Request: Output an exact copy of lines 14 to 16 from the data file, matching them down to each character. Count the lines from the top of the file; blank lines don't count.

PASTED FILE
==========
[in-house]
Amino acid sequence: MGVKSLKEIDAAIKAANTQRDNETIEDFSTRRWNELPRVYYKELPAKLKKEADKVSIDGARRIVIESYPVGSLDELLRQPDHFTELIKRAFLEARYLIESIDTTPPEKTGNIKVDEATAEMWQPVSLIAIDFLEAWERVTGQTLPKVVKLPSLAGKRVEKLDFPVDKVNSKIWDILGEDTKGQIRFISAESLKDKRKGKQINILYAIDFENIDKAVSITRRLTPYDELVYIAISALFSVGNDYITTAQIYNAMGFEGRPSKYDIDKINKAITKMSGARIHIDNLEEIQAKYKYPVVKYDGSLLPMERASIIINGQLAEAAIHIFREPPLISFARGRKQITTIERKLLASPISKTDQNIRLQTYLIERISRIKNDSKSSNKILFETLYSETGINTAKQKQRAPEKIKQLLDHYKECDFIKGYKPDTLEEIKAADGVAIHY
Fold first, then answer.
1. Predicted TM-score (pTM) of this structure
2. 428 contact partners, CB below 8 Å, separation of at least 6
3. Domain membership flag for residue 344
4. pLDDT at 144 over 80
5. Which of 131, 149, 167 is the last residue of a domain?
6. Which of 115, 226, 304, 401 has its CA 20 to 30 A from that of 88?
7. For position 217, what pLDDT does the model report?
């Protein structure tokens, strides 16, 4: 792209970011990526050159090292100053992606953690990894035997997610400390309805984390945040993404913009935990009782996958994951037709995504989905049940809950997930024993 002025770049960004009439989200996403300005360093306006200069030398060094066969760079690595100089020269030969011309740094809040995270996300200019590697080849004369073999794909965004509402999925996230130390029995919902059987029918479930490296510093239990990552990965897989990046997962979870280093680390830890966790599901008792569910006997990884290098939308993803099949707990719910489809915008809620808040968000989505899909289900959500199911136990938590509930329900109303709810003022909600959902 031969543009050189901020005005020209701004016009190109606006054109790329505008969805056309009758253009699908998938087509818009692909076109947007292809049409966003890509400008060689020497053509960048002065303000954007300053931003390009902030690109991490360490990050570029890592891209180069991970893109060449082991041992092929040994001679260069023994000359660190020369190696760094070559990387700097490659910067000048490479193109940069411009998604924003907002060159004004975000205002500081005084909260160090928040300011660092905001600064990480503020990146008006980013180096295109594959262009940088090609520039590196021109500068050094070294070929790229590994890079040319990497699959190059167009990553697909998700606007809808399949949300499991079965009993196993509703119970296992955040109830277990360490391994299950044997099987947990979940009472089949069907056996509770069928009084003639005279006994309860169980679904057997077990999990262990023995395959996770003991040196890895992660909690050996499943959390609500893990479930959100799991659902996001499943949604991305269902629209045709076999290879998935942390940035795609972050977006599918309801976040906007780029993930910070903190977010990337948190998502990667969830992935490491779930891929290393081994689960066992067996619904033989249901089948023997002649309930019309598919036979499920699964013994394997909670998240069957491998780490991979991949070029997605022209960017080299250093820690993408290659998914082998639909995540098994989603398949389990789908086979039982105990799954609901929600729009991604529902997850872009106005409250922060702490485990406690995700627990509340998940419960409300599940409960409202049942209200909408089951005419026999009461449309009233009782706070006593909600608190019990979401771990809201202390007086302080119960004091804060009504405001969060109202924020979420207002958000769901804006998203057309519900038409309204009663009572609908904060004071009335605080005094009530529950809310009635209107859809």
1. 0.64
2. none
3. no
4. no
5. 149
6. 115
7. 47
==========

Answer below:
3. no
4. no
5. 149